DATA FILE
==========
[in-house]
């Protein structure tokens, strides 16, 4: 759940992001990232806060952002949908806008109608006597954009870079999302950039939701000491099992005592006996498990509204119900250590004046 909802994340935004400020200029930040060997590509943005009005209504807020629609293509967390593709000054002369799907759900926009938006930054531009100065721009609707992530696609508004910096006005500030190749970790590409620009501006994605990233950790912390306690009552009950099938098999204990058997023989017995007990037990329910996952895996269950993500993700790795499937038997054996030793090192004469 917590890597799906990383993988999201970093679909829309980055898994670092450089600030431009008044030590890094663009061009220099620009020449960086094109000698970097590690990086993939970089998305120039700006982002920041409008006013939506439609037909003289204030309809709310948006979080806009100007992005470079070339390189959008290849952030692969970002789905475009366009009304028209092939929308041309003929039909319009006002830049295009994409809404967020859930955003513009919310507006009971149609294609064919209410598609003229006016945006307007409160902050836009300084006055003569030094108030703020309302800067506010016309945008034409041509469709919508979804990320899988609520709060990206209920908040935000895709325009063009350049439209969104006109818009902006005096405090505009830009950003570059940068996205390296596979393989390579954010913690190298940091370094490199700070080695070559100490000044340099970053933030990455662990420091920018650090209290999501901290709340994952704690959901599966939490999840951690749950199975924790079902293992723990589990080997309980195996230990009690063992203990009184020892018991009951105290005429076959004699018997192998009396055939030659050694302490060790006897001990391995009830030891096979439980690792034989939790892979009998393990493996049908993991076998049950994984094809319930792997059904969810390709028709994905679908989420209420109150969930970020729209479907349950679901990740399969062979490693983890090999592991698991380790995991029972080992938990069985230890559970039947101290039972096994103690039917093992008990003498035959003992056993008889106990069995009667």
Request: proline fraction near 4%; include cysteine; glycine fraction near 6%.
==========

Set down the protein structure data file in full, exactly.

[in-house]
């Protein structure tokens, strides 16, 4: 759940992001990232806060952002949908806008109608006597954009870079999302950039939701000491099992005592006996498990509204119900250590004046 909802994340935004400020200029930040060997590509943005009005209504807020629609293509967390593709000054002369799907759900926009938006930054531009100065721009609707992530696609508004910096006005500030190749970790590409620009501006994605990233950790912390306690009552009950099938098999204990058997023989017995007990037990329910996952895996269950993500993700790795499937038997054996030793090192004469 917590890597799906990383993988999201970093679909829309980055898994670092450089600030431009008044030590890094663009061009220099620009020449960086094109000698970097590690990086993939970089998305120039700006982002920041409008006013939506439609037909003289204030309809709310948006979080806009100007992005470079070339390189959008290849952030692969970002789905475009366009009304028209092939929308041309003929039909319009006002830049295009994409809404967020859930955003513009919310507006009971149609294609064919209410598609003229006016945006307007409160902050836009300084006055003569030094108030703020309302800067506010016309945008034409041509469709919508979804990320899988609520709060990206209920908040935000895709325009063009350049439209969104006109818009902006005096405090505009830009950003570059940068996205390296596979393989390579954010913690190298940091370094490199700070080695070559100490000044340099970053933030990455662990420091920018650090209290999501901290709340994952704690959901599966939490999840951690749950199975924790079902293992723990589990080997309980195996230990009690063992203990009184020892018991009951105290005429076959004699018997192998009396055939030659050694302490060790006897001990391995009830030891096979439980690792034989939790892979009998393990493996049908993991076998049950994984094809319930792997059904969810390709028709994905679908989420209420109150969930970020729209479907349950679901990740399969062979490693983890090999592991698991380790995991029972080992938990069985230890559970039947101290039972096994103690039917093992008990003498035959003992056993008889106990069995009667």
Request: proline fraction near 4%; include cysteine; glycine fraction near 6%.